During these appointments, the dental professional should involve patients, so they are better informed about their status and options. At each recall appointment, a thorough assessment, including an oral cancer screening, periodontal assessment, and clinical examination, should be completed. The American Dental Association has issued recommendations for prescribing radiographs based on patient age and disease risk.
The dental professional should provide patient-centered and evidence-based education, including oral hygiene instruction, tobacco and alcohol cessation, and nutritional counseling. The patient must be motivated to make lifestyle changes in these areas. The more motivated a patient is, the more likely that the change will occur and last.
Oral hygiene instructions are not “one-size fits all” and should be individualized to best meet patients’ needs and status. When giving oral hygiene instructions, a dental professional should focus on one to two recommendations per visit. The conversation should be patient centered, utilizing open-ended questions and creating a nonjudgmental environment. Each dental appointment should assess how a patient is doing with her or his oral hygiene routine and adjustments made when needed.
A survey found that individuals brush their teeth for 112 seconds on average, and a third do not brush their teeth enough.8 Toothbrushing should be done, at minimum, for 2 minutes each morning and night. Manual toothbrushes should have extra-soft or soft bristles and used with a light pressure. Most powered toothbrushes have sensors indicating when too much pressure is applied on the tooth surface, along with timers measuring brushing time. Several manufacturers have created technology using phone applications to document use of a powered toothbrush. While there is a plethora of options, research has shown that the most effective powered toothbrush heads are oscillating.
Consumers are overwhelmed by the number and types of oral care products. Helping to identify the best type of toothpaste and mouthwash for patients should be based on their individual risks and needs. For example, if a patient experiences sensitivity, recommend toothpaste containing stannous fluoride or potassium nitrate. Fluoride-containing toothpastes and mouthrinses are appropriate for those with a moderate-high caries risk. Products containing Cetylpyridinium chloride can help when a patient has halitosis. The dental professional should direct the patient to read the instructions before use of a toothpaste and mouthwash.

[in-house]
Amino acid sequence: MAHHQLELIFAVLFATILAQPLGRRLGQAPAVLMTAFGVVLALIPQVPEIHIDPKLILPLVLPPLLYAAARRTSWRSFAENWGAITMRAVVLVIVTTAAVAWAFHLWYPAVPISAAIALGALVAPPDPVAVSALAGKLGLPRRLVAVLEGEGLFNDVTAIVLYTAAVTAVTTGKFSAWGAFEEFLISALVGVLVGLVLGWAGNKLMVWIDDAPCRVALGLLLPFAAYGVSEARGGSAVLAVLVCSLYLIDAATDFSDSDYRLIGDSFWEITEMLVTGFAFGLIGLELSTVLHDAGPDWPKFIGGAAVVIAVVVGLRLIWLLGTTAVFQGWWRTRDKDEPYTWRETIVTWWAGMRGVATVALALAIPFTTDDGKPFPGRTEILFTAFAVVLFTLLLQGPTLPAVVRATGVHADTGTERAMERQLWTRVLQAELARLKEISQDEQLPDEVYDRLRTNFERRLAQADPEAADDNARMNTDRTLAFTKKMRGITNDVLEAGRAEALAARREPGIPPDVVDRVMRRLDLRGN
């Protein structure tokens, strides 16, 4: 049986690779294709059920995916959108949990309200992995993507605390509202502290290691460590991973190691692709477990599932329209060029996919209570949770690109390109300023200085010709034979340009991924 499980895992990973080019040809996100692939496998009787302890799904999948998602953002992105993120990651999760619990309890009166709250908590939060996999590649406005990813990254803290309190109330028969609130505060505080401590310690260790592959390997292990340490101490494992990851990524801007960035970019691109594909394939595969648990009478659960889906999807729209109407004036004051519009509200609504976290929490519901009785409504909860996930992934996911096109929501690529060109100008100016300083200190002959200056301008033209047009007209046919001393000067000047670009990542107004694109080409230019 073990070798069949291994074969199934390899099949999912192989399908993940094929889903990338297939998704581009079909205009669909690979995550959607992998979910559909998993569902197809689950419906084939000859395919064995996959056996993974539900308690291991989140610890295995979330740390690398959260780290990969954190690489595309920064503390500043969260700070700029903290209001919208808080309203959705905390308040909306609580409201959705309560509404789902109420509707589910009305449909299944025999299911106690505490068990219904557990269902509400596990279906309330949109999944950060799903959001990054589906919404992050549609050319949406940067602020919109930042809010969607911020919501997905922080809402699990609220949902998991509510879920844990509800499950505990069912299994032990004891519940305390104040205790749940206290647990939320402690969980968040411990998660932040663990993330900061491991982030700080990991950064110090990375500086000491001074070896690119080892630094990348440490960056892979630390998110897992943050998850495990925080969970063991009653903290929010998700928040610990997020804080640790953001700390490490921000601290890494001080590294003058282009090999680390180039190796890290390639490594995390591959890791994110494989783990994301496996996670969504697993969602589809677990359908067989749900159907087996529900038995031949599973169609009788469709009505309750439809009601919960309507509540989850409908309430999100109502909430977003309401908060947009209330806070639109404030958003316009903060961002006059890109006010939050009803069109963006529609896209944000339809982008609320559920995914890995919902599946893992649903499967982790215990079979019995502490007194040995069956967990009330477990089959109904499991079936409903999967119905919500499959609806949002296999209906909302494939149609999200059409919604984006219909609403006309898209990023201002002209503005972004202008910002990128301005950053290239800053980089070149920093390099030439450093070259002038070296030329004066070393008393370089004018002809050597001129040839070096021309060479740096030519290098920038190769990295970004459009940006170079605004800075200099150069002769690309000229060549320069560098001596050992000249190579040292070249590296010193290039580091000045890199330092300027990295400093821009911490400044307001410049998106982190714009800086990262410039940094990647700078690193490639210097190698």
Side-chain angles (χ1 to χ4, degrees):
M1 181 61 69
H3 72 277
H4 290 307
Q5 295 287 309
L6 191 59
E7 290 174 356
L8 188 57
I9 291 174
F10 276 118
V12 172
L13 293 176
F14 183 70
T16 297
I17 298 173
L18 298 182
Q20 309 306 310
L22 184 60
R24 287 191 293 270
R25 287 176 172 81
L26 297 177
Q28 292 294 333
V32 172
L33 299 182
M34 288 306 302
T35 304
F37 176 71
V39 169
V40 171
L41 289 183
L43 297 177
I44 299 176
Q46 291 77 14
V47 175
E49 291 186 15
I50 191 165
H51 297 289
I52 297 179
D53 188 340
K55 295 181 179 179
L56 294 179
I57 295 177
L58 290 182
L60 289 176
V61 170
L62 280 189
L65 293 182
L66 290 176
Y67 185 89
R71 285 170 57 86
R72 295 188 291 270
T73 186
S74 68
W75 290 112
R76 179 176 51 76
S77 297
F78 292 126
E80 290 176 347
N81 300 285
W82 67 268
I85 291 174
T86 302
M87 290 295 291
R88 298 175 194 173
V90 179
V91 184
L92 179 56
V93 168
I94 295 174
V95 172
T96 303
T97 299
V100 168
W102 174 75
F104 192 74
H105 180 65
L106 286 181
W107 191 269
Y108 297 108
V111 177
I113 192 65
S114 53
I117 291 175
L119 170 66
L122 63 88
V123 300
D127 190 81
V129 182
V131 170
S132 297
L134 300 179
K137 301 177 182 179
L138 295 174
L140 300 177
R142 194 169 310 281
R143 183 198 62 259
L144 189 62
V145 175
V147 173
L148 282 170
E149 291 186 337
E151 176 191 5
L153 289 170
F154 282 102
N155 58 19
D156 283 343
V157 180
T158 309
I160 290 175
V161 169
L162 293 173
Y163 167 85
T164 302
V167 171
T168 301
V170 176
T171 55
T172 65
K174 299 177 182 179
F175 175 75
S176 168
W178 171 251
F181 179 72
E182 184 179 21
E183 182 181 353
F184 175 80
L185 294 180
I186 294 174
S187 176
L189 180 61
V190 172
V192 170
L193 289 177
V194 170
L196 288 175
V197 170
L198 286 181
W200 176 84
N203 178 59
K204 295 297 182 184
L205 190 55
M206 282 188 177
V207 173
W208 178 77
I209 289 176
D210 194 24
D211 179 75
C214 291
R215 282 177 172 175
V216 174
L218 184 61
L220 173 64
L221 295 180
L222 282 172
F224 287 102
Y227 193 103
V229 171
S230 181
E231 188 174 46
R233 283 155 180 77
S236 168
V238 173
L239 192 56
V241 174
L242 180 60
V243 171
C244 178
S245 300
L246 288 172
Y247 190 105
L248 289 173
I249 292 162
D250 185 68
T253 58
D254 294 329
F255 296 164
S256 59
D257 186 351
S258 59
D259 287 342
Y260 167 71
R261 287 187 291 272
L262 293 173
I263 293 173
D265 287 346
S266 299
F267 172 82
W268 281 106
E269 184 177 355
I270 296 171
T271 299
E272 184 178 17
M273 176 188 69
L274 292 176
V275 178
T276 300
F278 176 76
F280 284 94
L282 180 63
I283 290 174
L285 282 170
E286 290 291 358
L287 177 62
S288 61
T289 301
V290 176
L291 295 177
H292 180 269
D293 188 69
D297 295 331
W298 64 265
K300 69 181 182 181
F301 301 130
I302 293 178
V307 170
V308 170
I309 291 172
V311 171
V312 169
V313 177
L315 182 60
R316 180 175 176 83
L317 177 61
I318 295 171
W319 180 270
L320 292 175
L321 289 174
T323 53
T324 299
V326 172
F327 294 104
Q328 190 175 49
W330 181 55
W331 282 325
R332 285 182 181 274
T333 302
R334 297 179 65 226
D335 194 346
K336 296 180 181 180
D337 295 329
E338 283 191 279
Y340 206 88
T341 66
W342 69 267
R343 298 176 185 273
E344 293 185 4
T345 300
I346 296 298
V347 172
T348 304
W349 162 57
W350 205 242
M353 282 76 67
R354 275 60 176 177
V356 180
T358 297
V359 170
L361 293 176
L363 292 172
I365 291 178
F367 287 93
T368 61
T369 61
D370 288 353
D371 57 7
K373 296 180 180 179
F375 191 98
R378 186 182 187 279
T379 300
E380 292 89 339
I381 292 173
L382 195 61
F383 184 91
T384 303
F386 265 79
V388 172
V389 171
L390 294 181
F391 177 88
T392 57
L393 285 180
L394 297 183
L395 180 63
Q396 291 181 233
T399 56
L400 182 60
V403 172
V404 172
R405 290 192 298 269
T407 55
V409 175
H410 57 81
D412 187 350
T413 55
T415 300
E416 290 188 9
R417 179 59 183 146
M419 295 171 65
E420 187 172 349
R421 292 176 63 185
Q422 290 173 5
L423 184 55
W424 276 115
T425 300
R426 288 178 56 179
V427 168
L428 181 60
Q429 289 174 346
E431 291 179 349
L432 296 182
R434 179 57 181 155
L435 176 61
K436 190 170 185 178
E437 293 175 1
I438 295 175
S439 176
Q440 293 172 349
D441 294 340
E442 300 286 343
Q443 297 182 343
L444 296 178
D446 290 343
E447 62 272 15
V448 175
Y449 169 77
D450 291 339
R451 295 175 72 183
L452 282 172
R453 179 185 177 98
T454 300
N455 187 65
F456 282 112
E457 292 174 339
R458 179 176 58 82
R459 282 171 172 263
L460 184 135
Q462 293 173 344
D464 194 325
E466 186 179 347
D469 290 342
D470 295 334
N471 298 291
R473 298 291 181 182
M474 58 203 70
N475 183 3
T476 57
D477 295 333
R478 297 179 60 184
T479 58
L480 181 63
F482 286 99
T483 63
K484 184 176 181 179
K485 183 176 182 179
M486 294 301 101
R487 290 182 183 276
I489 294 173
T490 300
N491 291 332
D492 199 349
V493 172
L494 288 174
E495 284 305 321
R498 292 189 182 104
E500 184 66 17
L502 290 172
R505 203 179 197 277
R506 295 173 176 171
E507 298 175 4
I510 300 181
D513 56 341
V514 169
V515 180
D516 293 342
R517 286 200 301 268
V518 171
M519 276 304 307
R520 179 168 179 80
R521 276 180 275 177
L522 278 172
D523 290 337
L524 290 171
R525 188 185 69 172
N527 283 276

Diet can have a major impact on overall and oral health. Many commercial drinks such as sodas and sports drinks contain hidden sugars in large quantities and are acidic in nature. With an acidic drink (ie, orange juice), the pH lowers in the oral cavity and creates an environment that promotes bacterial growth. To prevent the acidity from spreading, patients should not brush their teeth immediately after eating or drinking something acidic. Drinking something that is acidic should be done in one sitting and while eating a meal. A patient should not sip on an acidic drink throughout the day and instead should substitute water. Cariogenic foods (ie, candy, breakfast cereals) lower the pH and promote caries formation, initiating around 5 minutes after consumption and lasting up to 30 minutes. These foods should be eaten during meals rather than as a snack. Anti-cariogenic foods (ie, cheese) prevent plaque from recognizing an acidic food, and therefore should follow the consumption of cariogenic food or replace cariogenic food as snacks.
Prevention modalities in oral healthcare not only reduce the amount and severity of oral disease but also of systemic diseases. Sealants, fluoride, regular recall appointments, and proper homecare play a fundamental role in the prevention of oral diseases.
1. Healthy People 2020. Oral Health. Office of Disease Prevention and Health Promotion website. https://www.healthypeople.gov/2020/topics-objectives/topic/oral-health. Accessed May 16, 2017.
2. Eke PI, Dye BA, Wei L, Thornton-Evans GO, Genco RJ. Prevalence of periodontitis in adults in the United States: 2009 and 2010. J Dent Res. 2012;91(10):914-920.
3. Wall T, Guay A. The Per-Patient Cost of Dental Care, 2013: A Look Under the Hood. Health Policy Institute Research Brief. American Dental Association. March 2016.
4. U.S. Department of Health and Human Services. Oral Health in America: A Report of the Surgeon General. Rockville, MD: U.S. Department of Health and Human Services, National Institute of Dental and Craniofacial Research, National Institutes of Health, 2000.
5. Wilkins EM. Clinical Practice of the Dental Hygienist. 12th ed. Philadelphia, PA: Wolters Kluwer; 2016.
6. Wright JT, Crall JJ, Fontana M, et al. Evidence-based Clinical Practice Guideline for the Use of Pit-and-Fissure Sealants. American Academy of Pediatric Dentistry, American Dental Association. Pediatr Dent. 2016;38(5):E120-E36.
7. American Academy of Pediatric Dentistry. Guideline on Infant Oral Health Care. American Academy of Pediatric Dentistry Reference Manual. 2014;37(6):146-150. https://www.aapd.org/media/policies_guidelines/g_infantoralhealthcare.pdf. Accessed May 30, 2017.
8. Delta Dental. 2014 Oral Health and Well-Being Survey. 2014. https://www.deltadental.com/DDPAOralHealthWellBeingSurveyBrochure2014.pdf. Accessed May 30, 2017.
About the Author
Beth Kornegay, RDH, MSDH, CDA
Clinical Assistant Professor
Department of Dental Ecology
University of North Carolina at Chapel Hill
Chapel Hill, NC